Disney's AMERICAN LEGENDS is a compilation of several great legends of America's past, celebrating stories of great men doing great (and not so great) deeds. The selection of stories is interesting, and each has a definitive place in American (and Disney) history. While the stories may be a bit different from what you were told (if you were told them at all, considering most of the heroes are not what one would call politically correct), all in all, it's an enjoyable collection that my family watches about once a month.
James Earl Jones ties the collection together with live action narrartion putting an actual historical context to the proceedings. His delivery and tone strike a balance between serious education and tongue-in-cheek understanding.
The first story is JOHN HENRY, directed and lead animated by Mark Henn, the animator who brought Jasmine (from Aladdin) and several other major Disney heroes to life. With narration by the great Alfre Woodard and a stirring rendition of the "John Henry" song by the Sounds of Blackness Choir, the short is first-rate. From the backgrounds intended to give the feel of folk art and quilting, to the rough animation occasionally showing through (the rough lines haven't been "cleaned up," showing the power of the animator's original drawings, and giving it a less "pretty" look), JOHN HENRY is a fantastic short, and the primary reason Disney released the collection in the first place.
JOHNNY APPLESEED (originally from MELODY TIME, a compilation feature released in the early 1950's) is told and sung by Irish tenor Dennis Day. Some nice animation, including some great stylized moments designed by Disney artist Mary Blair (whose distinctive look inspired most Disney features of the 1950's), plus the great "The Lord is Good to Me" song, make JOHNNY a nice treat.
PAUL BUNYAN was released as a short in the early 60's and features the catchy title song sung by the Mellomen. Great bass voice actor Thurl Ravenscroft brings Paul's booming voice to life, and there are some genuinely humorous bits based on Paul's exploits in creating some of our most famous natural landmarks (Pike's Peak, Yellowstone Falls, etc.). Paul is definitely not a hero in this day and age, since his claim to fame is massive deforestation. Oh, for a simpler time.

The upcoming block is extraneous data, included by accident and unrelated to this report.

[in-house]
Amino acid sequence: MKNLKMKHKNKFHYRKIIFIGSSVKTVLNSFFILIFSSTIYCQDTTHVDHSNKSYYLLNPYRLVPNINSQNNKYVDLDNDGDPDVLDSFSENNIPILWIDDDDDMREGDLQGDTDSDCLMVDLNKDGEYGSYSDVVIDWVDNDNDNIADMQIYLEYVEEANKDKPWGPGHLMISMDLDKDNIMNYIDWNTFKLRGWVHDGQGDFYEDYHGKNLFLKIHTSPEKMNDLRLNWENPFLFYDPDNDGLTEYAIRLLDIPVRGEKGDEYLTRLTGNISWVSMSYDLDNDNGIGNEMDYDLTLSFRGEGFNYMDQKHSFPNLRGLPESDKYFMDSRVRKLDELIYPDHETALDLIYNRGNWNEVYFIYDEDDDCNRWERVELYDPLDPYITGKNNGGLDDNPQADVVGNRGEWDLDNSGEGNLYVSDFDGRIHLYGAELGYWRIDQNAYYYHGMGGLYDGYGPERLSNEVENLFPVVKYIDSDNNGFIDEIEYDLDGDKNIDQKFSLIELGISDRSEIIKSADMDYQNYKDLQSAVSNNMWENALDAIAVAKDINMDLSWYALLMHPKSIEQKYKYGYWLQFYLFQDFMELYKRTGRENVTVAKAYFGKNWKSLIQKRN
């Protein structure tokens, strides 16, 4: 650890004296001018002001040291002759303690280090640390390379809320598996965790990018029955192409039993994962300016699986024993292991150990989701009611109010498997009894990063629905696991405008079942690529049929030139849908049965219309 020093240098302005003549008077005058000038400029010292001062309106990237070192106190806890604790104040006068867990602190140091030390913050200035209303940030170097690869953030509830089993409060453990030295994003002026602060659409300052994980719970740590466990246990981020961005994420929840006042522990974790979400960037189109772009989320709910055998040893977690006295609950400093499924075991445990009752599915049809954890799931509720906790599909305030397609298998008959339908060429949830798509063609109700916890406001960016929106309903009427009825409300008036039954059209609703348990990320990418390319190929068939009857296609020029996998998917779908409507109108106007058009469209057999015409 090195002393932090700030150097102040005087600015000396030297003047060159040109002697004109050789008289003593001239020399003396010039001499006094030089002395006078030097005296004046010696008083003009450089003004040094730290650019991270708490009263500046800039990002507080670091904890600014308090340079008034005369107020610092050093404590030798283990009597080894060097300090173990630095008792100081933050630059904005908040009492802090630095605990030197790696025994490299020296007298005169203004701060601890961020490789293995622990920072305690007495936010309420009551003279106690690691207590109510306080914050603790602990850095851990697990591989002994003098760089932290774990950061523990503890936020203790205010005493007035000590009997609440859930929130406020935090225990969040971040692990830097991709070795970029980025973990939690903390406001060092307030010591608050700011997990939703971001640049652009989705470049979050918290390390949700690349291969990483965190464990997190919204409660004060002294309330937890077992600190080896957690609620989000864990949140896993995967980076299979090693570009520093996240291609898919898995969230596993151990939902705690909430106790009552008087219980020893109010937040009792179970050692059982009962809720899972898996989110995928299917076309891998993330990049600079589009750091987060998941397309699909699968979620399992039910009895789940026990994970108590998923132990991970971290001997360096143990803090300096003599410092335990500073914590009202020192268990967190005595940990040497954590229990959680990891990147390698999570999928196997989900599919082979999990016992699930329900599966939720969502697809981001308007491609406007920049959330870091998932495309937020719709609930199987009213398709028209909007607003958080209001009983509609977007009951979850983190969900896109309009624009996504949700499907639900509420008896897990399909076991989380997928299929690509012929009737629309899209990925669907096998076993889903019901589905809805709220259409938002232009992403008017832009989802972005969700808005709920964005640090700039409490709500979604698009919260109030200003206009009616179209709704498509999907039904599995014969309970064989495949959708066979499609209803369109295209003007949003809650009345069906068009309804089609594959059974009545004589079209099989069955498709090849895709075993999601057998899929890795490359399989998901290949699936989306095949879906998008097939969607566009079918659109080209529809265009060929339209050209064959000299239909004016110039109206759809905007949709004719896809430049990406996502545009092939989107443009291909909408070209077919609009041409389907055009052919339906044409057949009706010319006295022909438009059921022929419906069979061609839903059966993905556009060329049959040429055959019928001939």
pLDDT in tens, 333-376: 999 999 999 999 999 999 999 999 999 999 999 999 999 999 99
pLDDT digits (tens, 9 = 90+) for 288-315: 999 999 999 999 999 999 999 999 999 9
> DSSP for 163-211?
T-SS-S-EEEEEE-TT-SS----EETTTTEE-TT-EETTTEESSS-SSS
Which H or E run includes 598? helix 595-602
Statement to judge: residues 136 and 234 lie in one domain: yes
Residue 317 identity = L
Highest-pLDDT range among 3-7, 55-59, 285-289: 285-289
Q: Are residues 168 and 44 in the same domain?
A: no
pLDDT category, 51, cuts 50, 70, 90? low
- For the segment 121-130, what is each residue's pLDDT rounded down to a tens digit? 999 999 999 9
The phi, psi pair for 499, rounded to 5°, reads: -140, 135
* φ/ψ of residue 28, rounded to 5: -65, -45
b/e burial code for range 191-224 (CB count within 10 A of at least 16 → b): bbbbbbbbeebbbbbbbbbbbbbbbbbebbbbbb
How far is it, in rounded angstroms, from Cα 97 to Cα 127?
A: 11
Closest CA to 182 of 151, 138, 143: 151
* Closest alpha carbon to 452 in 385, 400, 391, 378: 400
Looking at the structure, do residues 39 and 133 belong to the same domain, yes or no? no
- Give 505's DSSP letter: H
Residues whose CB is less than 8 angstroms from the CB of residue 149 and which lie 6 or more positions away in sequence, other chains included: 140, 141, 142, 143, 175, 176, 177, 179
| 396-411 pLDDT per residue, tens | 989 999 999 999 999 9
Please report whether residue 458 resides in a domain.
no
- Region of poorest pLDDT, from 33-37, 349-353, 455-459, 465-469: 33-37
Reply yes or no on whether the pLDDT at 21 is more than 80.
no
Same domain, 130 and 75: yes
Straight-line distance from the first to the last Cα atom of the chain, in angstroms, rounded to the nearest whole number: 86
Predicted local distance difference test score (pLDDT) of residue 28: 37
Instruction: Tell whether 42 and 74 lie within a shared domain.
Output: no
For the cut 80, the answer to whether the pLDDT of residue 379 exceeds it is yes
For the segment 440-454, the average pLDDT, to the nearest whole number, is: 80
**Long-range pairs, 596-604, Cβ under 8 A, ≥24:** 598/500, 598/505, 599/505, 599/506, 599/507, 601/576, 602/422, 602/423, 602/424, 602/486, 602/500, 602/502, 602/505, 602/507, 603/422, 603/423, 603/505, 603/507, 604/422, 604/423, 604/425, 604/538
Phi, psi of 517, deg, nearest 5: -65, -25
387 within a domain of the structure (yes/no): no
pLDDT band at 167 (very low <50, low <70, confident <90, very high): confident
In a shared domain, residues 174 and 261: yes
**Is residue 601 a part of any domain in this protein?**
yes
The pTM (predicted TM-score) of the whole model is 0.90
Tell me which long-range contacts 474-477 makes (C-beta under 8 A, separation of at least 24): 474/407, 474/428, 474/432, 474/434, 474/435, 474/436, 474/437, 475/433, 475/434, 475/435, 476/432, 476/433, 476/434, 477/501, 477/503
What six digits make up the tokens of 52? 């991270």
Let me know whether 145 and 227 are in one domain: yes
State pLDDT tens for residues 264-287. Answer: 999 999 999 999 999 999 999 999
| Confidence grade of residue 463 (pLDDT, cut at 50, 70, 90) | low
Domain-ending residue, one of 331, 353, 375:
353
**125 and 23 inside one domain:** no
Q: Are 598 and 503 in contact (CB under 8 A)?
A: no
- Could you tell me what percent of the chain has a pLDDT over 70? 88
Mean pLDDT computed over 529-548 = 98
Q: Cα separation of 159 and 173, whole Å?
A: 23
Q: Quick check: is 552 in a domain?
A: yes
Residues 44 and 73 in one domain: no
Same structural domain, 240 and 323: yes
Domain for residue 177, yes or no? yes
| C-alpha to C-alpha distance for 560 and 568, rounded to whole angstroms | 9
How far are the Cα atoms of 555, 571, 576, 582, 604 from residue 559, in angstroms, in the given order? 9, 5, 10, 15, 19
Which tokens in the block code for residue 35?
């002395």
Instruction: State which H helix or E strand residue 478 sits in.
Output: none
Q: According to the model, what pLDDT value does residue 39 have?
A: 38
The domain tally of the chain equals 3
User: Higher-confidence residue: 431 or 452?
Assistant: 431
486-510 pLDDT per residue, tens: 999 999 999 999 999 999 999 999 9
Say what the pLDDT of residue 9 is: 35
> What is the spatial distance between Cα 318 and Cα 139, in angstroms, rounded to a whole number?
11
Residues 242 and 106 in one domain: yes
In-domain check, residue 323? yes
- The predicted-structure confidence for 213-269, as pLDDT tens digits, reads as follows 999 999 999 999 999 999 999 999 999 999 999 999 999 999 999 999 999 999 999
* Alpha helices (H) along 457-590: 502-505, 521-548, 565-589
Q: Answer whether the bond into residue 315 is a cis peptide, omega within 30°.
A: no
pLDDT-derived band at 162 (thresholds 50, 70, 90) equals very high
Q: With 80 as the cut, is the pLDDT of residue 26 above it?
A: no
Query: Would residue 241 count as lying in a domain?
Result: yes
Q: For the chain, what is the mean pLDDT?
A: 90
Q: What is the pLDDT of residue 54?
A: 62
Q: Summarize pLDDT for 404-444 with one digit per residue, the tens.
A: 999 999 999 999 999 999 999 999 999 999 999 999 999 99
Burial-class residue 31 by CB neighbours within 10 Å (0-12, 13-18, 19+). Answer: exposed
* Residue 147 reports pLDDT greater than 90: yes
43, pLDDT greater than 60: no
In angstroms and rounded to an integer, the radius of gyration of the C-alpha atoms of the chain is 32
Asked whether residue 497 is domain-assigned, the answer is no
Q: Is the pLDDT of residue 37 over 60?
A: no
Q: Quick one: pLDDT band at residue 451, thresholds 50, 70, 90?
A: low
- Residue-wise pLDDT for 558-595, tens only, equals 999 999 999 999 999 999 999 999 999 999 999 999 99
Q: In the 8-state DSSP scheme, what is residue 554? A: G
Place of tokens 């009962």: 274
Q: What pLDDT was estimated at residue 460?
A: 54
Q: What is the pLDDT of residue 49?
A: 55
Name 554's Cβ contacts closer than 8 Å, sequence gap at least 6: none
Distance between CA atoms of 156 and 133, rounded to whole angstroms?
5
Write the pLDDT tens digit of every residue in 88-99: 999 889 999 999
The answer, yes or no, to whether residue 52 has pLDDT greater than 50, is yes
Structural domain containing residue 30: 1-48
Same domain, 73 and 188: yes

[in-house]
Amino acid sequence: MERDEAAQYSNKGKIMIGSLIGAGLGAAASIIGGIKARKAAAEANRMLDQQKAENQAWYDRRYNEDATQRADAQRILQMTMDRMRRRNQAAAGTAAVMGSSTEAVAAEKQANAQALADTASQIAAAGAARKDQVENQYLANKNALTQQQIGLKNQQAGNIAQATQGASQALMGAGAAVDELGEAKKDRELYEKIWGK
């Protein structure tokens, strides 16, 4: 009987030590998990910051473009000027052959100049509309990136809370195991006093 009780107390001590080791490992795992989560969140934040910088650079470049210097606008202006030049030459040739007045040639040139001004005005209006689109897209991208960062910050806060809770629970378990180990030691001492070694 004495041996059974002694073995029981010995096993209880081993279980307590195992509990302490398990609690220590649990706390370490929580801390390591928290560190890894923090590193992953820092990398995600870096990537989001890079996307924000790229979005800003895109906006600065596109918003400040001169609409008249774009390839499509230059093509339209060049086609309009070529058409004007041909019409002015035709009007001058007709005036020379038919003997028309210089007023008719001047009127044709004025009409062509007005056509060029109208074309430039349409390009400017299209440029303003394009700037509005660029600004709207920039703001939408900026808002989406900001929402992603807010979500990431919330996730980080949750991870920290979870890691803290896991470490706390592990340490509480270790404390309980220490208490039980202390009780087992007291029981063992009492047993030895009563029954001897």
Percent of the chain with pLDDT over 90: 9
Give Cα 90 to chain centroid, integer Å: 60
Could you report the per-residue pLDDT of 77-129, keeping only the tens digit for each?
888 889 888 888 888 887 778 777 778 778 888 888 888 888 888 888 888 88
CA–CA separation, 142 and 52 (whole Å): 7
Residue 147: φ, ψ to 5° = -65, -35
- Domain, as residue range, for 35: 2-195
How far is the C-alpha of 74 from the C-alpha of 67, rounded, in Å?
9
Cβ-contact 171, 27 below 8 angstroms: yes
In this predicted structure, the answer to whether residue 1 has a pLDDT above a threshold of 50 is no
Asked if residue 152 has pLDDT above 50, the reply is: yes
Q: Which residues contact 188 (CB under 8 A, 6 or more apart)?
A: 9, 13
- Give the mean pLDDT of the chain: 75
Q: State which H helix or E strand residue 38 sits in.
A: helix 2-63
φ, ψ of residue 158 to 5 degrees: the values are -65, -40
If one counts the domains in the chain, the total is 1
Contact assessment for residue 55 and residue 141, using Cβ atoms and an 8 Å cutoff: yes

THE BRAVE ENGINEER is the story of CASEY JONES, who really wasn't very bright and gained fame for crashing his train into another one. The short itself isn't very heroic (unlike John Henry, who gives his all to show humanity can best machinery; Paul Bunyan, who helped clear the way for settlement in the West; or Johnny Appleseed, who helped feed hungry settlers), mostly being an excuse to have Jerry Collona (the voice of the March Hare in Disney's ALICE IN WONDERLAND) to do a myriad of voices, bad puns, and the like. It's quite entertaining in itself, but not at the level of the rest of the shorts.
There are several reviews here who take umbrage with factual problems, but they appear to be getting their tall tales mixed up (it was Joe Magarac who melted himself into steel, NOT John Henry), and those who view the release as bit of shrewd marketing by Disney miss the point that Disney had planned to release JOHN HENRY with other heroic shorts long before the events of 9/11.
While it is somewhat lacking at the end, and could have used PECOS BILL (from MAKE MINE MUSIC, narrated by Roy Rogers and the Sons of the Pioneers) to make a really smashig conclusion, on the whole, the collection is excellent, and quite enjoyable.